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Thread: What do those MTF-50 numbers really mean?

  1. #1
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    What do those MTF-50 numbers really mean?

    Hello,
    Different sites report different MTF-50 numbers for the same lens. For example, Digital Photography Review reports MTF-50 well below 1500 LW/PH at the center for the Nikkor AF-S DX 35mm f/1.8 G while Photozone reports 2027, both readings at F1.8.

    The DPR sets the Nyquist Frequency (the theoretical limit of the sensor's resolution) of the D300 sensor (their test camera) at little below 1500. According to these numbers, this lens should be soft at the center at F1.8 on a D300 according to DPR, and out-resolve the sensor according to Photozone.

    As a measure a physical phenomenon, shouldn't the MTF-50 test give consistent readings (excluding manufacturing variations between test lenses)?

    If I see a review for lens A at site X and see a review for lens B at site Y, how can I compare the MTF-50 numbers of the two lenses and draw a conclusion which lens is more adequately sharp for my camera?

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    Re: What do those MTF-50 numbers really mean?

    I would expect there to be some variation between lens tests, but 1500 versus 2030 is a big difference. The difference is likely due to varying methodology or definitions as opposed to anything else. For this reason, one should only really compare relative values performed by the same person/website if they want accurate comparisons between lenses. Pay much less attention to the absolute MTF numbers.

    But that still doesn't answer the question: why the discrepancy? I would check each of their definitions for MTF-50. In particular, what do they mean by "picture height" in the line widths per picture height metric (LW/PH) ? For example, is it the height of the sensor or is it the height of an equivalent 35mm sensor -- and is it in the vertical or horizontal direction. Further, is the LW/PH being measured at the direct center of the frame, or is it somewhat offset? Is LW/PH measured using the RAW file, and is "standard sharpening" applied prior to this measurement? Hopefully all of this will give you an idea of all the reasons for variation. It'd be nice if there was a quick and easy number that correlates with lens quality.

    But...it might be something simple, like a mistake in either of their tests or calculations. That's something that shouldn't be overlooked.

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    Re: What do those MTF-50 numbers really mean?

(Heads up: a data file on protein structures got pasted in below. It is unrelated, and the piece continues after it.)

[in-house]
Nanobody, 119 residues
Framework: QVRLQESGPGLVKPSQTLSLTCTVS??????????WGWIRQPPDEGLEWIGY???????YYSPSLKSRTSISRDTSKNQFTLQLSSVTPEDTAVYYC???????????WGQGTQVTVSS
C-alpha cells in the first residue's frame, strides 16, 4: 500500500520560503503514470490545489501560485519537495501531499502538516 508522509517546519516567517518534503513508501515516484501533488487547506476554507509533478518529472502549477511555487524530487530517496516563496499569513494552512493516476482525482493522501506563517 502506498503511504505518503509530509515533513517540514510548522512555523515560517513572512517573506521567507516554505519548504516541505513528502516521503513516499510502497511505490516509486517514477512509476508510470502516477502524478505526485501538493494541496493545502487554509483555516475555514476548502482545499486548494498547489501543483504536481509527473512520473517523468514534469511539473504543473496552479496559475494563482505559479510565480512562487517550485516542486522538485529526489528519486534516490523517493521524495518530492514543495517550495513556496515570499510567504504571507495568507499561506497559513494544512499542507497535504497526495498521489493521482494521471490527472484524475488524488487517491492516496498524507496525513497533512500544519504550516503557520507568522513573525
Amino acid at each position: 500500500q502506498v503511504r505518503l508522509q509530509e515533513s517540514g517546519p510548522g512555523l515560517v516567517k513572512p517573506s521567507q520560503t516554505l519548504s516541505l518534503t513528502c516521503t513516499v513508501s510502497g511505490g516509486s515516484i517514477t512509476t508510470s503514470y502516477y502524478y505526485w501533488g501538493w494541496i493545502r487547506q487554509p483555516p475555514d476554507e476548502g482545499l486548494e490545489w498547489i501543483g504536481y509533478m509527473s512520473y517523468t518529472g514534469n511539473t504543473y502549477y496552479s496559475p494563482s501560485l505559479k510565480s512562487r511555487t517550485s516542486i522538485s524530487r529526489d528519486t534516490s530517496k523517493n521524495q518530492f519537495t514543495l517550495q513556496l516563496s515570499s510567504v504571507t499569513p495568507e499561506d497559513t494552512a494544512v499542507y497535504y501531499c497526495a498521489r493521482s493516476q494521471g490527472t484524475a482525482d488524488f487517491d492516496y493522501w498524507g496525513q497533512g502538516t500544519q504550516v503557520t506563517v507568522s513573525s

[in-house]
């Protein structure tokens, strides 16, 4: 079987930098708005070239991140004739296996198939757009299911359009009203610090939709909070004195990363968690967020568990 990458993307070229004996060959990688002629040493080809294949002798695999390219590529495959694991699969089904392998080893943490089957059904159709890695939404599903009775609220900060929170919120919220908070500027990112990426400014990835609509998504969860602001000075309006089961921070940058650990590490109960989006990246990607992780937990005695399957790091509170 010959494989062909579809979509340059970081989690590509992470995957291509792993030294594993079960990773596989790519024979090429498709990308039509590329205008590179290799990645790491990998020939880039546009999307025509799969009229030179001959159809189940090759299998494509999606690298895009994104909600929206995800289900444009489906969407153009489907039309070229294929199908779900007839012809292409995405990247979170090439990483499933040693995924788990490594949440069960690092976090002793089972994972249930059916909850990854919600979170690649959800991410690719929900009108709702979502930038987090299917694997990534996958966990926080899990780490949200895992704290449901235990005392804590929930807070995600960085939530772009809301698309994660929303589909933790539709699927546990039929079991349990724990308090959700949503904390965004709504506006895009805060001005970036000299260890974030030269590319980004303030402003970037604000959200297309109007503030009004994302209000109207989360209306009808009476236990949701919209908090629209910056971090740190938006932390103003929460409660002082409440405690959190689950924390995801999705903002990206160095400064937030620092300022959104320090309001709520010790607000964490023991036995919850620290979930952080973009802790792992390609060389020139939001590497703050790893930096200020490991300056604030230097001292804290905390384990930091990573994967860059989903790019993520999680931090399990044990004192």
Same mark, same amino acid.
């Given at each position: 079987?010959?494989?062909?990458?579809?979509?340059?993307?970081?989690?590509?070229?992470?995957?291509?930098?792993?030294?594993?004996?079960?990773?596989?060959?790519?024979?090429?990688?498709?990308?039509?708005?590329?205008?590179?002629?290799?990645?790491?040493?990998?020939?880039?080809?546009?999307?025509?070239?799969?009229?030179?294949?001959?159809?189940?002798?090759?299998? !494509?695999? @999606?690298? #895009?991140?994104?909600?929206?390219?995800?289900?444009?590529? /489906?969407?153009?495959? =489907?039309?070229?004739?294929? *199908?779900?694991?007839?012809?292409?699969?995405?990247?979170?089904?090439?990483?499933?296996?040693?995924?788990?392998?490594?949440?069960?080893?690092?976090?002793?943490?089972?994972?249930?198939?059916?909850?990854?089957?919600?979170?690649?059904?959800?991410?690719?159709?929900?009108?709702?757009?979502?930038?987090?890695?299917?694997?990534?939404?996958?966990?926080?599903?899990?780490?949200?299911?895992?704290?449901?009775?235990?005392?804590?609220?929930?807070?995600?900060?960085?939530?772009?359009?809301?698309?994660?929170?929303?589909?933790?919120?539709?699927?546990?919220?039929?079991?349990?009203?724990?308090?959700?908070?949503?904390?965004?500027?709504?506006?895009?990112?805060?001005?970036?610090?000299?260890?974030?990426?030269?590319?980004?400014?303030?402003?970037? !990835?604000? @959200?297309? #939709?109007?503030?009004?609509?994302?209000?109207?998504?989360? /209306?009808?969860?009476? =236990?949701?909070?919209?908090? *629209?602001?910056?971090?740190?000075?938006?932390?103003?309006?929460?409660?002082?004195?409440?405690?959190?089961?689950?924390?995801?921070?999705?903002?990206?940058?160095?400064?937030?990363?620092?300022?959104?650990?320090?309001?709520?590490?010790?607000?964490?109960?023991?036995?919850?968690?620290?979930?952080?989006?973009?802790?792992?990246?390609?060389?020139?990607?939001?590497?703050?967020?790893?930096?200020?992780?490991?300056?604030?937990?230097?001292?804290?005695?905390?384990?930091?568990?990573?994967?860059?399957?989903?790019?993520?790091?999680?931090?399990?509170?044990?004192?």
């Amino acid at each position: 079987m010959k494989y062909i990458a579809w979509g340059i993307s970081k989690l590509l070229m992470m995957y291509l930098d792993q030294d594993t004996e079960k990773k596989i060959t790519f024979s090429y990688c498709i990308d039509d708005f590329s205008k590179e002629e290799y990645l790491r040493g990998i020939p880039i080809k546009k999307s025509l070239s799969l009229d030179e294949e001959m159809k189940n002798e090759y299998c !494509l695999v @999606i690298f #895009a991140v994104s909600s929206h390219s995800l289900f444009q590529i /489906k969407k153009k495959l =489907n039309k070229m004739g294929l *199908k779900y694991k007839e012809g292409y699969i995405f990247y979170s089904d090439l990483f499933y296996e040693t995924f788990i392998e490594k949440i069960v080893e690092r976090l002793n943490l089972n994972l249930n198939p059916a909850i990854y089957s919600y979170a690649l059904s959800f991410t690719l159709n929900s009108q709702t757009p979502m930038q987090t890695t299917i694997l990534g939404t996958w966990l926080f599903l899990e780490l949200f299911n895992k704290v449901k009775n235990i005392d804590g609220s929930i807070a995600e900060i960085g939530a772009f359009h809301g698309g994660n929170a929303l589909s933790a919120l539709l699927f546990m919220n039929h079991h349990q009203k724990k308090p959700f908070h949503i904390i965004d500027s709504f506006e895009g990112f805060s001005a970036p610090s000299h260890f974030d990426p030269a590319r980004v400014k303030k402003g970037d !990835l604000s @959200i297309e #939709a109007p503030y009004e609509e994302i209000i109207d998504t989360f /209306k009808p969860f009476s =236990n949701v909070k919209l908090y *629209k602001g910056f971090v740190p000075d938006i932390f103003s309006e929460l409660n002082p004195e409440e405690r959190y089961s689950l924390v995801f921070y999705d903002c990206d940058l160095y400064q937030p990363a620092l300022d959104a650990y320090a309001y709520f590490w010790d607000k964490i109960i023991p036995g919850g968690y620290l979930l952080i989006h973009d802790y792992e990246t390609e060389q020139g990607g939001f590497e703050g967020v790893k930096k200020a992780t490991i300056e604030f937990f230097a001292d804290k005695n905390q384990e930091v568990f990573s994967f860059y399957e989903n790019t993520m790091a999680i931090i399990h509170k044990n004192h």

Hello McQ, thanks for the reply.
    Is LW/PH measured using the RAW file, and is "standard sharpening" applied prior to this measurement?
    If MTF-50 tests are performed on images extracted from a camera, how can someone claim that a lens over-resolved the sensor? Not only does DPR tell you that a lens outresolves the sensor, they also tell you by how much. Can these numbers be a mere extrapolation?

    For example, is it the height of the sensor or is it the height of an equivalent 35mm sensor
    Does the multiplication factor of the, say APC-S, sensor apply to MTF-50 numbers?

    For this reason, one should only really compare relative values performed by the same person/website if they want accurate comparisons between lenses. Pay much less attention to the absolute MTF numbers
    True. Unfortunately, I have not yet found such a person/website . If one is trying to make a decision to buy on of two different lenses, usually reviews for the two lenses do not appear on the same website. It would really be great if, as you mentioned, a standard metric was adopted.

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    Re: What do those MTF-50 numbers really mean?

    Quote Originally Posted by noreast View Post
    If MTF-50 tests are performed on images extracted from a camera, how can someone claim that a lens over-resolved the sensor? Not only does DPR tell you that a lens outresolves the sensor, they also tell you by how much. Can these numbers be a mere extrapolation?
    I'm going to reserve any speculation about why this might be the case. There's just too many variables. But yes...it is quite odd. Photozone does use Norman's Imatest for their lens quality testing, which produces great results if the tests are performed correctly.

    Quote Originally Posted by noreast View Post
    Does the multiplication factor of the, say APC-S, sensor apply to MTF-50 numbers?
    Strictly speaking, no it should not. But it becomes less clear when you're testing a 35mm lens on a cropped camera. One could argue that you're not being fair to a 35mm lens by only looking at LW/PH for a cropped sensor -- that is, if comparing the lens itself is the primary goal. In this case though it's a Nikon DX lens.

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